The severe weather system left USC facilities at the Innovation Centre Sunshine Coast and the Ochre Heath building at Sippy Downs without power.

"USC's Asset Management Services (AMS) staff are working with Energex to address these issues, and have notified staff who work in these facilities," a spokesperson said.

"AMS crews are also progressively removing fallen trees and branches from around the main campus and assessing the safety of all buildings."

However students wanting to access facilities at USC's main campus at Sippy Downs, like the library's 24-hour space, computer labs and student commons areas, remained able to do so.

The spokesperson said motorists approaching the campus are advised to drive carefully as traffic lights along Sippy Downs Drive are currently without power.

UPDATE 10.20AM: More than 35,000 Sunshine Coast homes and businesses are still without power after wild weather tore down powerlines across the region. 

Energex crews are scrambling to clear the danger and restore power throughout south-east Queensland, and have warned that some areas could be left in the dark for some days. 

As of 10am, 25,826 properties in the Sunshine Coast council area and 9,590 properties in the Noosa council area were without power. 

Gympie still has 354 properties without power.

Energex spokesman John Cannon told the Sunshine Coast Daily on Thursday night that crews would work through the night but there were "major safety concerns".


"The big problem we have is getting access into some of these places," he said. 

"As you can appreciate there's a lot of debris and flood water.

"We're confident we can start to have an impact on that number (of outages) probably into tomorrow and throughout the day.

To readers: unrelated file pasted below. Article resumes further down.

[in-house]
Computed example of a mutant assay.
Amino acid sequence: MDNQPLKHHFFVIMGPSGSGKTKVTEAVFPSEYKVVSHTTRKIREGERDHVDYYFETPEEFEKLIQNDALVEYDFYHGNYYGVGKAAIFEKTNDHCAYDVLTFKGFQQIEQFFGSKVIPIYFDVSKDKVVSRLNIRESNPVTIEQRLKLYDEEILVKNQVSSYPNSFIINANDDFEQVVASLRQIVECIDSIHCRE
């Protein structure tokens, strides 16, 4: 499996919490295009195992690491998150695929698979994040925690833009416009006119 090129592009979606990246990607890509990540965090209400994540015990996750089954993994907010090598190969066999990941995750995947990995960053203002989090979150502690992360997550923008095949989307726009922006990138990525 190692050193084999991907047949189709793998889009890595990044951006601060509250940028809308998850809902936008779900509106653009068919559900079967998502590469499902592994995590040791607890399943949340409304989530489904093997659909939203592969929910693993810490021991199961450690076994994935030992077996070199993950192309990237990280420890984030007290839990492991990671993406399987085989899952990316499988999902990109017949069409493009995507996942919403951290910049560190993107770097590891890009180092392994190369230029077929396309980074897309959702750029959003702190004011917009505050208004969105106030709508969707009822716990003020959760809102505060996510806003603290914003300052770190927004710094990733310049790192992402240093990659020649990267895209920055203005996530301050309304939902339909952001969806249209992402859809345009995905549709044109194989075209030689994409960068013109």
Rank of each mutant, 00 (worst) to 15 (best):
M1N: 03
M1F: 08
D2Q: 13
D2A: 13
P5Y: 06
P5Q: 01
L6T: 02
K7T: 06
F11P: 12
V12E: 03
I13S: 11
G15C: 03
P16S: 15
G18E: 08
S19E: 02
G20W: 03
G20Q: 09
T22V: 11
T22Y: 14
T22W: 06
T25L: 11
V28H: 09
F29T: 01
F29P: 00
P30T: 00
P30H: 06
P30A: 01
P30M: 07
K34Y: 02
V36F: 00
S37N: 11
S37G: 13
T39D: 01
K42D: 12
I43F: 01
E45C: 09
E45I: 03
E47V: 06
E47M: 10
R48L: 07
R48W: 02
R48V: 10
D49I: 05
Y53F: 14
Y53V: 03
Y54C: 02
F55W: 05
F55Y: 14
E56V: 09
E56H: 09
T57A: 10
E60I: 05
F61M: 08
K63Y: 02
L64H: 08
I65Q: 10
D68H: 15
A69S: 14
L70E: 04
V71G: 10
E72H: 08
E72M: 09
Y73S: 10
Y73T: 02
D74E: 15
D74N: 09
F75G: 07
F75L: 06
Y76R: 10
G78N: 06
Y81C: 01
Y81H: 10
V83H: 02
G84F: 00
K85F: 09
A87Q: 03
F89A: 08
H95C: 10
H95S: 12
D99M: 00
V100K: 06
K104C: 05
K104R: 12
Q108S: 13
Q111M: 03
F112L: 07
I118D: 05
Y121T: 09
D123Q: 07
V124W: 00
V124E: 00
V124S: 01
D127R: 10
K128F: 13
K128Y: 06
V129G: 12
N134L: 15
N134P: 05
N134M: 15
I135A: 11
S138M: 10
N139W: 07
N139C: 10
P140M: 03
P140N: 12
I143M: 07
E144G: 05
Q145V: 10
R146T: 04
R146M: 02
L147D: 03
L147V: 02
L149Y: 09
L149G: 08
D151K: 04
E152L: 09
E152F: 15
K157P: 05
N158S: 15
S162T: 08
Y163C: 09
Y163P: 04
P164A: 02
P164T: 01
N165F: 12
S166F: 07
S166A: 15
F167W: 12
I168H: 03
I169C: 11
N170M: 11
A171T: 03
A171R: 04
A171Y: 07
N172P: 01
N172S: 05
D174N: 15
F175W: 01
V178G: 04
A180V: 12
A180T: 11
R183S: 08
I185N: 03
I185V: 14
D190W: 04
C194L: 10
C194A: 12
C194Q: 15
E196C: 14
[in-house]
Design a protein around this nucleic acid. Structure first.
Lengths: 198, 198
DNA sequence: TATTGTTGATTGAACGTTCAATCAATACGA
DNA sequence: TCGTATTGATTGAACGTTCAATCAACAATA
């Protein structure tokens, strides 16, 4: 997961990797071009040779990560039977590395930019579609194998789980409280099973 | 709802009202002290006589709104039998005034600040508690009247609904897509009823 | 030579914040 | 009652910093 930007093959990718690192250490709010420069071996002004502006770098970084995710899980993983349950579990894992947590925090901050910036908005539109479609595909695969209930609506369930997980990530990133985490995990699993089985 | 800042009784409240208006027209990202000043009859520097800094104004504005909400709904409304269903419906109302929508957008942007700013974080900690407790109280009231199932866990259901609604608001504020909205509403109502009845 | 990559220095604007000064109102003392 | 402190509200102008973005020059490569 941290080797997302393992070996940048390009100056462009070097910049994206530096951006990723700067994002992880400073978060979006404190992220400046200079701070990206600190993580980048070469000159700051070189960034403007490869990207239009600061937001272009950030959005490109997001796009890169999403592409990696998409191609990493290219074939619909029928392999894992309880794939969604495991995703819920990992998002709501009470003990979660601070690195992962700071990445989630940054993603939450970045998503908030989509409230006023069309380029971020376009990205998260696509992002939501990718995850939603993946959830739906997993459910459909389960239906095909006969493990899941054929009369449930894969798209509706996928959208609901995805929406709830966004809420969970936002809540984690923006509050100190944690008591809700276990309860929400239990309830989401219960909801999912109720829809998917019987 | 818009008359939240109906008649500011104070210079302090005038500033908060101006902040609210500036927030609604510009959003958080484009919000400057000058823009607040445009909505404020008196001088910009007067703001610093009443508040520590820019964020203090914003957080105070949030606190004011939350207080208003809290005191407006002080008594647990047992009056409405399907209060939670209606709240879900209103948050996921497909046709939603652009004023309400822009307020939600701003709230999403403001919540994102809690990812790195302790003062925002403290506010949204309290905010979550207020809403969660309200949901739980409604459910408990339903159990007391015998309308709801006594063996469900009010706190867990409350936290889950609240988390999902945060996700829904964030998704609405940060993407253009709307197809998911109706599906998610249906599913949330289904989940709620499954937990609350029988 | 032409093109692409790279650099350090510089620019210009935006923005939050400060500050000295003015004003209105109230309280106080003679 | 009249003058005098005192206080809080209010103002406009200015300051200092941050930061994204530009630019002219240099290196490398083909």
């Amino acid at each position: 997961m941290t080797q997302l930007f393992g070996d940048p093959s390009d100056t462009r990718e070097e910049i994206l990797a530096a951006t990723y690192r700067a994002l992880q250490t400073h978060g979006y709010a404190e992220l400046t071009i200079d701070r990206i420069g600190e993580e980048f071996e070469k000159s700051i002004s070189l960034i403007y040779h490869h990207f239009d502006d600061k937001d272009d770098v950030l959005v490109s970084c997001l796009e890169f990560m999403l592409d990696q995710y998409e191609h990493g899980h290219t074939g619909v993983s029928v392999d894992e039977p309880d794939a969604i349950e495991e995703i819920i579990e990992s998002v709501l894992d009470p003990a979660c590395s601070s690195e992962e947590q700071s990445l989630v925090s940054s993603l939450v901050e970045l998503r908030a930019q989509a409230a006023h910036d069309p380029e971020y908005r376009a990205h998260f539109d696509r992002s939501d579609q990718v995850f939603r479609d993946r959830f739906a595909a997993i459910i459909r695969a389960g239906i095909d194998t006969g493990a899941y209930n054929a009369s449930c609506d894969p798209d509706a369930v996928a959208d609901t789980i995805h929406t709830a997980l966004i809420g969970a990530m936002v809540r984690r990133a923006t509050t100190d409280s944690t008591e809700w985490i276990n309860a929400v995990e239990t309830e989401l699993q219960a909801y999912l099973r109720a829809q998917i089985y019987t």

Across south-east Queensland, 90,173 properties on the Energex network were without power this morning.

The service is now only taking emergency calls on 13 19 62 and reports of power losses on 13 62 62, and will not answer general enquiries. 

UPDATE 6.30AM: More than 36,000 homes and businesses in the Sunshine Coast and Noosa Council area remain without power on Friday morning.

Ferocious winds brought down 290 power lines across the Sunshine Coast in a severe storm cell that struck between 5-6pm Thursday as ex-Tropical Cyclone Debbie moved south. 

There are 9792 customers are without power in the Noosa area, and 26,415 Sunshine Coast homes and businesses as of 6am Friday morning.

Gympie has more than 350 properties without power.


Across South East Queensland 599 lines have been brought down, and Mr Cannon said it was vital people took their own safety seriously. 

He said fallen powerlines should not be approached and people should stay out of areas where electrical equipment had been submerged.

Electrical equipment that has been submerged in water should not be used until it has been tested by an electrician. 


  • Call 000 if you are in a life threatening situation